Last updated on: 12/4/2008 | Author:

Michael Johnson Biography

Four-time Olympic Gold Medal Sprinter
Not Clearly Pro or Con to the question "Should Performance-Enhancing Drugs Be Accepted in Sports?"

“I have said that I don’t buy the excuse of athletes saying that they felt they had to use drugs because they felt most of their competition was doing so. I still don’t buy that, but I now realise that most of the athletes using drugs probably knew who else was using drugs. I can see how an athlete might feel that taking drugs is the only way to beat other athletes who he or she knows to be on drugs.

I also said in the past that I don’t buy the excuse that coaches are pressuring athletes to use drugs and used myself as an example that in my four years as a junior and 11 years as a professional no one ever approached me about using drugs. Now I realise that when I chose Clyde Hart, the only coach I ever had, because of his reputation for honesty and integrity, I would be shielded from the dirty and dishonest side of the sport and that everyone wasn’t as fortunate to have a coach with such a solid reputation, conscience, and righteous moral compass.

I am deeply disappointed in Antonio and in the sport of athletics. I now realise that there have been a significant number of athletes and coaches in this sport who have cheated and taken the short cut, and many of them knew who else was cheating…

As for the gold medal I won with Antonio, and Alvin and Calvin Harrison, who have all admitted to or have tested positive for drugs since 2000 when we won the medal, I’m sure that there will be calls for us to give it back. I’m not sure what will happen with that effort, but I know that the medal was not fairly won and that it is dirty, and so I have moved it from the location where I have always kept my medals because it doesn’t belong there. And it doesn’t belong to me. So, as difficult as it is, I will be returning it to the International Olympic Committee because I don’t want it. I feel cheated, betrayed and let down.”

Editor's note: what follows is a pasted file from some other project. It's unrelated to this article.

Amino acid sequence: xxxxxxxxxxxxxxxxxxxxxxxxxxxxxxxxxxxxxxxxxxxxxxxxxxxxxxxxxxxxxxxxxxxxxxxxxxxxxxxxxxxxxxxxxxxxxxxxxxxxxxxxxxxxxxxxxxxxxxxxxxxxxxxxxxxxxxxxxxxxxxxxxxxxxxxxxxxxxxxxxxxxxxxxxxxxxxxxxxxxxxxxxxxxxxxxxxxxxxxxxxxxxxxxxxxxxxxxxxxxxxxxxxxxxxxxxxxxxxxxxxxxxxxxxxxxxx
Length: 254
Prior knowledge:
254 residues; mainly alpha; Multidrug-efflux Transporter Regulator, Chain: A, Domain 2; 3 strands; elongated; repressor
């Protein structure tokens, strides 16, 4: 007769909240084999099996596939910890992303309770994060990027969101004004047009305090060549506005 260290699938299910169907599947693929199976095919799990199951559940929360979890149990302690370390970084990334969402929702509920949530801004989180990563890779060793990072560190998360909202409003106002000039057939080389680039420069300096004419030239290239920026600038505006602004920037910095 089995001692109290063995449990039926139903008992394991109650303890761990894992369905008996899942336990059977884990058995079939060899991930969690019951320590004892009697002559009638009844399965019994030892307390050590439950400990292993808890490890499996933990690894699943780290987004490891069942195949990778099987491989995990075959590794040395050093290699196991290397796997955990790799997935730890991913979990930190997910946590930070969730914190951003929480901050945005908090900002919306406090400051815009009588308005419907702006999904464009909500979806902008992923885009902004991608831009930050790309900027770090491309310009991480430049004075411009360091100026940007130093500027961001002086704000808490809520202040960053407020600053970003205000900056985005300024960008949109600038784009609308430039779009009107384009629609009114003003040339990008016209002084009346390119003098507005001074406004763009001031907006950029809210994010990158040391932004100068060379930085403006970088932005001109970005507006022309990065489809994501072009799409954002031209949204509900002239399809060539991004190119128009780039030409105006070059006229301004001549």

“Michael Johnson: Why Drugs Cheat Shamed Me Into Handing Back Olympic Relay Gold Medal,” USA Today, June 3, 2008

Involvement and Affiliations:
  • President, Michael Johnson Performance Center (MJPC)
  • Commentator and Analyst, British Broadcasting Corporation (BBC)
  • Founder, Ultimate Performance Sport Management, 2004-present
  • The International Olympic Committee (IOC) after Antonio Pettigrew admitted to using performance-enhancing drugs stripped Michael Johnson and his 2000 Sydney Olympic Games gold medalist 4x400m relay teammates Antonio Pettigrew, Alvin Harrison, Calvin Harrison, Jerome Young, and Angelo Taylor of their medals, Aug. 2008
  • Announced publicly his voluntary return of his gold medal won from his 2000 Sydney Olympic Games relay, June 2008
  • Court of Arbitration for Sport ruled that Michael Johnson and his 2000 Sydney Olympic Games gold medalist relay teammates could keep their medals except for Jerome Young who was disqualified for performance-enhancing drugs, July 2005
  • Elected to the United States Track & Field Hall of Fame, 2004
  • Gold medalist (disqualified by the IOC as of Aug. 2008), 4x400m relay, Summer Olympic Games in Sydney, Australia, 2000
  • Gold medalist, 400m, Summer Olympic Games, Sydney, 2000
  • Two-time gold medalist, 200m, 400m, Summer Olympic Games, Atlanta, GA, 1996
  • Gold medalist, 4x400m relay, Summer Olympic Games, Barcelona, Spain, 1992
  • BA, Marketing, Baylor University, 1990
  • First man to be ranked number one in the world at both 200m and 400m races
  • Broke world records in the 200m, 400m, and 4x400m relay races
  • Nine-time World Champion
  • Established a record of 13 Olympic and World Championship gold medals
  • Born on Sep. 13, 1967 in Dallas, TX
  • Full name is Michael Duane Johnson
Quoted in:
  1. Should the Teammates of Athletes Who Are Found Guilty of Using Performance-Enhancing Drugs in the Olympics Also Return Their Medals?